Choose a neutral surface to fold on, one that contrasts with both sides of your folding paper. Position your lights at an angle so the paper has shadows, which are key to clarity. Make several tests with different levels of lighting – you can adjust brightness/contract later on but there are limits to what you can “repair” in this way.
I always begin each video with a good throat-clearing & a drink! Even if you know a design well, explaining as you fold adds a considerable level of difficulty. Even after several years, I still mess up on a regular basis. The secret is to move your hands temporarily out of shot at key moments. That way, if you have a problem, be it memory, a tickly cough or a passing helicopter you can pause, refold up to the last key point and continue – it’s simple to cross-fade two videos without making it obvious, as long as your hands are not in the shot. Sometimes you just get your words mixed up – just freeze your hands in position and repeat the phrase so you can edit the audio later on. I’ve tried shooting without audio, then recording the words later and adding to the video feed. However, it’s not always easy to sync the words to the folds afterwards and can take a lot of time to perfect. Dropping in selected words can sound awkward unless you are a practised orator.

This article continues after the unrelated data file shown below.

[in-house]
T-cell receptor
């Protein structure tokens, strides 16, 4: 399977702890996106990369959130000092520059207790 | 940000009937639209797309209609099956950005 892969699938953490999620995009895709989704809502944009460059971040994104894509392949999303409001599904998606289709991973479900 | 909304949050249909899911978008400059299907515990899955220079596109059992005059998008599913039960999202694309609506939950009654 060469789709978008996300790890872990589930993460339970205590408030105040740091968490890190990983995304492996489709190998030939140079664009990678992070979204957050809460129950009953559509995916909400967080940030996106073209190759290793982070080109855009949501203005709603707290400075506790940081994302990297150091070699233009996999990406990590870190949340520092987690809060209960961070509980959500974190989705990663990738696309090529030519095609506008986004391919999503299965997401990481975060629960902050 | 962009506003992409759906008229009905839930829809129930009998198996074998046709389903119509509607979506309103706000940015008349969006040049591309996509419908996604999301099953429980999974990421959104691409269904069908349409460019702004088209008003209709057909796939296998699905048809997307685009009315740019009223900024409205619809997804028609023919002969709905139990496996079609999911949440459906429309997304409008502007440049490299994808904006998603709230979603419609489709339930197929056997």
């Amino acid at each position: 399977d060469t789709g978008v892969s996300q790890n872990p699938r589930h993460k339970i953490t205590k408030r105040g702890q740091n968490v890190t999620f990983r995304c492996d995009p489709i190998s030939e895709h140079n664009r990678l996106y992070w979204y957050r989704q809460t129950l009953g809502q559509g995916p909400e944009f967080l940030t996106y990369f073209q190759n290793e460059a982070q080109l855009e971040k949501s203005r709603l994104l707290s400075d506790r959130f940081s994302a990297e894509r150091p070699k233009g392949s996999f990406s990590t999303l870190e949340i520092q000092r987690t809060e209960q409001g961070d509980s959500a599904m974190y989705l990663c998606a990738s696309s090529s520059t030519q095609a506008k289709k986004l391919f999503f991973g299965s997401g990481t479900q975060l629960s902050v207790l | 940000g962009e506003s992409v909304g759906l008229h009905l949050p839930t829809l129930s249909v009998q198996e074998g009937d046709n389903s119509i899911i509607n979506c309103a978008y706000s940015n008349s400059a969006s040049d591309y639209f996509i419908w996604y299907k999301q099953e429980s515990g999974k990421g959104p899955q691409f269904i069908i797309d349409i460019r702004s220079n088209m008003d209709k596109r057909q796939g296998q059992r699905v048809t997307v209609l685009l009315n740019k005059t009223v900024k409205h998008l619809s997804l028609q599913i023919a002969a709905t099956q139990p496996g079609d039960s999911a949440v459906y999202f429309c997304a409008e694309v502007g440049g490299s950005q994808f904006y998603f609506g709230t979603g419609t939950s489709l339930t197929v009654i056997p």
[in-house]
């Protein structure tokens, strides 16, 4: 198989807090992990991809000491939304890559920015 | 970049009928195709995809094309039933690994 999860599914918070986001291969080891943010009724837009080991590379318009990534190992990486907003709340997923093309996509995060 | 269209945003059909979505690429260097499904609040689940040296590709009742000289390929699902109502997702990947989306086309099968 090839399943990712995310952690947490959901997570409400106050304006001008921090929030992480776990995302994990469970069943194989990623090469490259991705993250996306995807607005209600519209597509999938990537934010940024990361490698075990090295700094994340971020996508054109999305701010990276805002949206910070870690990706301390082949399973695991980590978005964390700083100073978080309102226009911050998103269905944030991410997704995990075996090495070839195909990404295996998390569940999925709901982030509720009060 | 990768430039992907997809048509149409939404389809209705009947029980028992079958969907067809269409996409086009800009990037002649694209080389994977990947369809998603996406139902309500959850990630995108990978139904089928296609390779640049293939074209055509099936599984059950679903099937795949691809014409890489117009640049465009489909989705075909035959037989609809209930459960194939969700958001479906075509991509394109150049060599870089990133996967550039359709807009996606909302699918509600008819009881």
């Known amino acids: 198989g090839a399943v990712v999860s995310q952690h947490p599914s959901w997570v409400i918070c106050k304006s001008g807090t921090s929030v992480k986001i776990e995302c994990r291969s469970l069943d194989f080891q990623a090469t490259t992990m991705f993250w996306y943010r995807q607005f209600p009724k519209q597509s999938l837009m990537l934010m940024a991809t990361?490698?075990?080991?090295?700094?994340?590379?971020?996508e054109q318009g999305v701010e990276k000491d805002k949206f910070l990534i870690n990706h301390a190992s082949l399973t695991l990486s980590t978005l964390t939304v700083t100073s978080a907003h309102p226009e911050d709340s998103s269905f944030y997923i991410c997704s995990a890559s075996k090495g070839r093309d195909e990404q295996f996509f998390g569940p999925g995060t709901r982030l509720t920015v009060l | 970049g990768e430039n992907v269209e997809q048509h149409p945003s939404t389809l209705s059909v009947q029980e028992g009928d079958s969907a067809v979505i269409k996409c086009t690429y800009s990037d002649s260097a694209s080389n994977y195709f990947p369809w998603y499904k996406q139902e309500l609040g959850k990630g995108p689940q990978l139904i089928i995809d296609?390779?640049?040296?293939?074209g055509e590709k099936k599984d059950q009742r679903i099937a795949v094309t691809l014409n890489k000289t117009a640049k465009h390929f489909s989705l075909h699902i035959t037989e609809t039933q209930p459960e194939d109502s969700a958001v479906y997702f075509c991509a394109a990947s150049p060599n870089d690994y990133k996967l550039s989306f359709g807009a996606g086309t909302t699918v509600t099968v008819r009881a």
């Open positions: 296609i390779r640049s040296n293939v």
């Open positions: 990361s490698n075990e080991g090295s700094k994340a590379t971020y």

The worst case scenario, effort & time-wise, is to start again from scratch. However, that decision can result in a far better “take” – it all depends how polished you want your video to look & sound. I try to go with the flow and make light of anything minor that goes wrong – adding subtitles later on to say “I said the top, I meant the bottom!” and so on. Whilst high standards are all well and good, personality counts for more, IMHO, if you are to engage with the viewer.
Try to speak clearly and be aware of where the microphone is – you can boost the volume later, but it also boosts any hiss or background noise. I also like to add a quiet instrumental backing track during editing which I feel helps keeps a flow going better between talking, rather than the sound of rustling paper and dogs barking!